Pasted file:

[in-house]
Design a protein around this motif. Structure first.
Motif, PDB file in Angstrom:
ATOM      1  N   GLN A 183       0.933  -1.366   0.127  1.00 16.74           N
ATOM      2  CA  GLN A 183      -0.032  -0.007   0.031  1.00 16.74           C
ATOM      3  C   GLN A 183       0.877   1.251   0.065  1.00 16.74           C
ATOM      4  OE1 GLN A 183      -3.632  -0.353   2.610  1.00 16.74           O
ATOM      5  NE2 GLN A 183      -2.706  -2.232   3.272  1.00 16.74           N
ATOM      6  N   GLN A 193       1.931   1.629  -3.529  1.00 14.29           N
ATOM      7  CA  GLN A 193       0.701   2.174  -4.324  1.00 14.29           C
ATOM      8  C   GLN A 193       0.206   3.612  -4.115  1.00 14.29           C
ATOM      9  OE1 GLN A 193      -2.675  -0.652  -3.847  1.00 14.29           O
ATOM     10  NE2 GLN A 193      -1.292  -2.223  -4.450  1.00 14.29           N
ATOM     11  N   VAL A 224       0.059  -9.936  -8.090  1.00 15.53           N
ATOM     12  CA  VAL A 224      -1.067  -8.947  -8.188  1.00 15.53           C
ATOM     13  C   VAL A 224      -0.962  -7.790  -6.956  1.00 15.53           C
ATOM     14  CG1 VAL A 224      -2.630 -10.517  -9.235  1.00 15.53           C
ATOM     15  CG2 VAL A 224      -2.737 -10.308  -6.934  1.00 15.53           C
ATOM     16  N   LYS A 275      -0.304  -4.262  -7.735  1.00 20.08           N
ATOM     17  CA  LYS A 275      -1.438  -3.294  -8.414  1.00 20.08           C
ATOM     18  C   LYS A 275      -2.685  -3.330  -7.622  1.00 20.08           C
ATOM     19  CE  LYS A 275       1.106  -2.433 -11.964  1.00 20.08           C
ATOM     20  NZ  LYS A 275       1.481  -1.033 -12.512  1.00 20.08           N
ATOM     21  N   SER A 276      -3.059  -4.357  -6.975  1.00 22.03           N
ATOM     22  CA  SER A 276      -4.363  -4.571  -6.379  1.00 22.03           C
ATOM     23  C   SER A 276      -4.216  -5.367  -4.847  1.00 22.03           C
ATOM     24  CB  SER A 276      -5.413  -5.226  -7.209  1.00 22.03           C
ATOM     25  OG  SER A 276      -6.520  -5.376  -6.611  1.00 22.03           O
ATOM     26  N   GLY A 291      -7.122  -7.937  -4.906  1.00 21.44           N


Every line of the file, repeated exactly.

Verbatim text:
[in-house]
Design a protein around this motif. Structure first.
Motif, PDB file in Angstrom:
ATOM      1  N   GLN A 183       0.933  -1.366   0.127  1.00 16.74           N
ATOM      2  CA  GLN A 183      -0.032  -0.007   0.031  1.00 16.74           C
ATOM      3  C   GLN A 183       0.877   1.251   0.065  1.00 16.74           C
ATOM      4  OE1 GLN A 183      -3.632  -0.353   2.610  1.00 16.74           O
ATOM      5  NE2 GLN A 183      -2.706  -2.232   3.272  1.00 16.74           N
ATOM      6  N   GLN A 193       1.931   1.629  -3.529  1.00 14.29           N
ATOM      7  CA  GLN A 193       0.701   2.174  -4.324  1.00 14.29           C
ATOM      8  C   GLN A 193       0.206   3.612  -4.115  1.00 14.29           C
ATOM      9  OE1 GLN A 193      -2.675  -0.652  -3.847  1.00 14.29           O
ATOM     10  NE2 GLN A 193      -1.292  -2.223  -4.450  1.00 14.29           N
ATOM     11  N   VAL A 224       0.059  -9.936  -8.090  1.00 15.53           N
ATOM     12  CA  VAL A 224      -1.067  -8.947  -8.188  1.00 15.53           C
ATOM     13  C   VAL A 224      -0.962  -7.790  -6.956  1.00 15.53           C
ATOM     14  CG1 VAL A 224      -2.630 -10.517  -9.235  1.00 15.53           C
ATOM     15  CG2 VAL A 224      -2.737 -10.308  -6.934  1.00 15.53           C
ATOM     16  N   LYS A 275      -0.304  -4.262  -7.735  1.00 20.08           N
ATOM     17  CA  LYS A 275      -1.438  -3.294  -8.414  1.00 20.08           C
ATOM     18  C   LYS A 275      -2.685  -3.330  -7.622  1.00 20.08           C
ATOM     19  CE  LYS A 275       1.106  -2.433 -11.964  1.00 20.08           C
ATOM     20  NZ  LYS A 275       1.481  -1.033 -12.512  1.00 20.08           N
ATOM     21  N   SER A 276      -3.059  -4.357  -6.975  1.00 22.03           N
ATOM     22  CA  SER A 276      -4.363  -4.571  -6.379  1.00 22.03           C
ATOM     23  C   SER A 276      -4.216  -5.367  -4.847  1.00 22.03           C
ATOM     24  CB  SER A 276      -5.413  -5.226  -7.209  1.00 22.03           C
ATOM     25  OG  SER A 276      -6.520  -5.376  -6.611  1.00 22.03           O
ATOM     26  N   GLY A 291      -7.122  -7.937  -4.906  1.00 21.44           N